Book Review: Leviathan Wakes (The Expanse)

Here there be spoilers. Reader beware. (If you want to skip the review to enjoy the book without spoilers, Leviathan Wakes has a rating of one gerfunkle.)

One piece of helpful advice on writing I’ve received pertains to forming an ‘anchor character.’ Someone you can sincerely relate to as a reader. Somebody you can latch onto, feel a world through, and relate to. As long as you anchor a reader firmly enough, they’ll still have somewhere to land, a sticking point to make things more believable – no matter how weird shit gets.

Which is all a very long-winded way of describing how I felt about Miller.

We know Miller. We’ve met Miller before. He’s our down and out detective, our grizzled, jaded man who’s seen it all and gotten tired of it. His job consumed him so much he got a divorce. The untreated stresses of what he’s seen behind the barrel of a gun have driven him to alcoholism. He knows the world is shit, but that little kernel of wanting to make it better is still somewhere inside of him, kicking around his ribs like a heartbeat trying not to die. Is he a cliché? Yeah, he is. He’s a trope. But damn does he work, and the popularity of this formula is like a really good recipe.

We can enjoy the weirdness of the protomolecule through Miller’s eyes. We never meet Julie Mao except in the very first chapter, and yet we learn so many important things about her through Miller that I wouldn’t even count her as a fridge character. James S. A. Corey cleverly conveys the kind of person she was through our stalwart detective: a young woman born into so much privilege, yet recognizing the horrible disparity in the solar system and breaking away from that birthright to help those less fortunate than she. In turn, Miller pursues Julie because to him, she’s an anomaly. By rights, she should be spoiled. Entitled. In spite of that, she threw in all her weight somewhere she thought would do some good. And if she can do that, maybe he can keep the kernel beating a little longer.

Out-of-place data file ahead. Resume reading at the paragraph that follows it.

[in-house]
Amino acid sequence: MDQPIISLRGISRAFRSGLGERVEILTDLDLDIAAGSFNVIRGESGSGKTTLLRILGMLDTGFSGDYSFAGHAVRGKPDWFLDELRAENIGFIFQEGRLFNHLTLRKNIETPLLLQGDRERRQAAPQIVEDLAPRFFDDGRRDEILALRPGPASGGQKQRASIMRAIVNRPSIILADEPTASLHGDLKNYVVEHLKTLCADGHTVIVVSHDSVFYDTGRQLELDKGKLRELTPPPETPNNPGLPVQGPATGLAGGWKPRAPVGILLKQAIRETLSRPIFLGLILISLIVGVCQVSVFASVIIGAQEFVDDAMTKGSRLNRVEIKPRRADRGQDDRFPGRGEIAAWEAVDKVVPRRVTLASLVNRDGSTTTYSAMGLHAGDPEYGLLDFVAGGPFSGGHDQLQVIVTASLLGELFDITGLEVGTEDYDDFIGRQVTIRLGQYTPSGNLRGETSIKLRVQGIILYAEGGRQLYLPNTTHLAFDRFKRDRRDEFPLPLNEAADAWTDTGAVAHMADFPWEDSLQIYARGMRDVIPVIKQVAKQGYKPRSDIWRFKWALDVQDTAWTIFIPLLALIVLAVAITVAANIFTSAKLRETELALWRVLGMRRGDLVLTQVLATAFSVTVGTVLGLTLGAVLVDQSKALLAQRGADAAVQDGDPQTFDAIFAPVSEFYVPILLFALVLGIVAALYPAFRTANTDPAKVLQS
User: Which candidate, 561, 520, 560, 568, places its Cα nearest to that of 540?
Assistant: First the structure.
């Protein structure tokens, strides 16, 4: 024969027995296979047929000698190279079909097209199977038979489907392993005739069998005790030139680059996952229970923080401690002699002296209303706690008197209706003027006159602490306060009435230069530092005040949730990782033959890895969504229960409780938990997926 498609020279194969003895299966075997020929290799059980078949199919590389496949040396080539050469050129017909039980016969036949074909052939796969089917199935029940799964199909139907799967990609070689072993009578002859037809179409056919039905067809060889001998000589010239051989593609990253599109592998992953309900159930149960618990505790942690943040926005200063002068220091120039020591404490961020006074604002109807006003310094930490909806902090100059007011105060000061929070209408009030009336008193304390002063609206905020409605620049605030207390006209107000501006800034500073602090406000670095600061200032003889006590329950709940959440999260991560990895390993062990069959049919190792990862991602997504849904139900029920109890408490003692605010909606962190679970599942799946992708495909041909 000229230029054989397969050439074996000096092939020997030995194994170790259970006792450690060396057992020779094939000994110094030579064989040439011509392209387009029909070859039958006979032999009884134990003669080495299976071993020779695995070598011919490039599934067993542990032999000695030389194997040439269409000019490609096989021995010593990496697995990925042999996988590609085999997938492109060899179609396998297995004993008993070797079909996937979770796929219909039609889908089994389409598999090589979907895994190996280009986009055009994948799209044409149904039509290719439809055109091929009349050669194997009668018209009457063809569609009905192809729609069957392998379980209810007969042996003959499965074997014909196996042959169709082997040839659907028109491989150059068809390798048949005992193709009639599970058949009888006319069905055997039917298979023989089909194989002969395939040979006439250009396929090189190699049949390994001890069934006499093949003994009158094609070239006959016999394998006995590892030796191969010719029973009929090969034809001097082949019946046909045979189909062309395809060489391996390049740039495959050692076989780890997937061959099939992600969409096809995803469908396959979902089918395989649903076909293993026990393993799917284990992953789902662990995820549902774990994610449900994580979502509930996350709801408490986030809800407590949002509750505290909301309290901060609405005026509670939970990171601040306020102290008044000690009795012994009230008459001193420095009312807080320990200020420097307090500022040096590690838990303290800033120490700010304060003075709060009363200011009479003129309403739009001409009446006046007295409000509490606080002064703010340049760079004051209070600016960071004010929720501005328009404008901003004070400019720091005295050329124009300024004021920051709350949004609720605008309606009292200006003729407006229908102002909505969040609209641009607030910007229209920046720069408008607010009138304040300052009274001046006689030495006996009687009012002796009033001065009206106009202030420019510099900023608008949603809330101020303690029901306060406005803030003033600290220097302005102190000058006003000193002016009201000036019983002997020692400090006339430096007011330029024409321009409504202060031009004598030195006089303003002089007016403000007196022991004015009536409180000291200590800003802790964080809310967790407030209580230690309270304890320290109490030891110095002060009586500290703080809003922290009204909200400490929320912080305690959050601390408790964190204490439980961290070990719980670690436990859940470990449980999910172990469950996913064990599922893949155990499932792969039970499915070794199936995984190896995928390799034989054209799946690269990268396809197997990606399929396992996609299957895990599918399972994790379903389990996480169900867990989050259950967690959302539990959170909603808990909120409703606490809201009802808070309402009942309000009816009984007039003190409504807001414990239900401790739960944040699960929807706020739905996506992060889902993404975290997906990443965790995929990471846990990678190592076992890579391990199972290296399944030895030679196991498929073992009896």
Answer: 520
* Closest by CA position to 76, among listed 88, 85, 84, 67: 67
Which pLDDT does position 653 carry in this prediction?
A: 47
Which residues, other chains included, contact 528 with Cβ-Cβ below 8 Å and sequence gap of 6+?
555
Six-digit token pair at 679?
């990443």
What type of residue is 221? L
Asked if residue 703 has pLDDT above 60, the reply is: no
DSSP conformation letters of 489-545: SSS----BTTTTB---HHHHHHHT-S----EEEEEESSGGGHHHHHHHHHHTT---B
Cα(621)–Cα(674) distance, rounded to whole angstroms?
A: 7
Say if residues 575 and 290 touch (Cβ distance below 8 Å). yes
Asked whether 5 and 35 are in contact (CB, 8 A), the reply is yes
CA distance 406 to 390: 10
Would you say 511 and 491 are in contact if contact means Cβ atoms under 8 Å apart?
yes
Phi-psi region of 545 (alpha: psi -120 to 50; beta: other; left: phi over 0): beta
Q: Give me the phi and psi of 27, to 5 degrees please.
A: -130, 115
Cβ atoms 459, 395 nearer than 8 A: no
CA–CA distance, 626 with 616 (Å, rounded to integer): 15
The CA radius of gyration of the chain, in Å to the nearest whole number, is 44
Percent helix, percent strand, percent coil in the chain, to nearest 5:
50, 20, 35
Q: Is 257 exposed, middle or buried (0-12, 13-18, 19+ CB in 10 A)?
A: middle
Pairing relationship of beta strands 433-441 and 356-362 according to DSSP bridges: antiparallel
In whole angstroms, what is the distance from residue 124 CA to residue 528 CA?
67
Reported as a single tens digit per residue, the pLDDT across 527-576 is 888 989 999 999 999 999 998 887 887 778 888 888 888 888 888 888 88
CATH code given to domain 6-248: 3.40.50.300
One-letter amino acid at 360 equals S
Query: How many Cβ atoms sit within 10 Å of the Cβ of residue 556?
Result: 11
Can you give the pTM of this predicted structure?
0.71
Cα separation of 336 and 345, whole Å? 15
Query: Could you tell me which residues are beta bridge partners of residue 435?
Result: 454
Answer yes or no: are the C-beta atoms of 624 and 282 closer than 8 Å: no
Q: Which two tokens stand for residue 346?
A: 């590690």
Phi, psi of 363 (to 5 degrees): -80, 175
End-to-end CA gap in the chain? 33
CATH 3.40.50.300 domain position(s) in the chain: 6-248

I found the ending between Miller and Julie to be heart-wrenching in the best of ways. We see how much of a broken man he is, but we follow him through what feels like his personal story of redemption. And we get to finally see Julie’s own strength, powerful enough to steer the alien monstrosity of Eros away from Earth and towards dead Venus.

Characterization in this book was fantastic. I absolutely loved it. It’s a 5/5 stars for me.

There’s a lot of great worldbuilding ideas in this story. All in all, the way that humanity has begun to ‘other’ one another feels all too real. Frighteningly so. The elongation of the belter’s bones, the establishment of entire new languages – all of these details just added so much to defining the world itself. I admit that first conversation Miller had with a witness completely threw me off – I couldn’t for the life of me figure out what she was saying, (long arm what now?) but that was clearly intentional. It’s classic low-fi building blocks, and it’s done flawlessly. In particular, I loved the hints of cultural mixing: the music, the people, even everyone’s last names. In my view, science fiction should be inherently diverse. It makes no sense to me otherwise.

Worldbuilding is another solid 5/5.

As for the plot: like Miller, there’s a lot about it that feels familiar, especially if you love science fiction. An evil corporation makes decisions that effect countless people, mostly for personal gain. This story does raise some really interesting questions, though, about coming into contact with an advanced alien race. Even just seeing its technology has to make us question everything, and within the context of the story, the technology found is billions of years old. When confronting the scientist that ran the horrible experiment on Eros, he points out that compared to humanity, these beings are essentially gods. If they chose to end us, they could do it without a thought.

If you’re a sci-fi geek like I am, you probably got just as giddy as I did during this scene. Because it’s true. On the grand scale, we better f***ing hope we’re forerunners. Because if we’re late to the game of sentience and space travel, people, we’re completely and utterly screwed.

Plot, you guessed it, is another 5/5.

Finally, here’s a great one. Guess what?

This book has a rating of one gerfunkle. (If you don’t know what a gerfunkle is, you can find that information here:

This shocked me. It’s so rare that I read a novel in this genre which doesn’t contain themes like this, but Leviathan Wakes has none.

You can read and enjoy this five-star book completely at your leisure.

I sincerely hope that you do.


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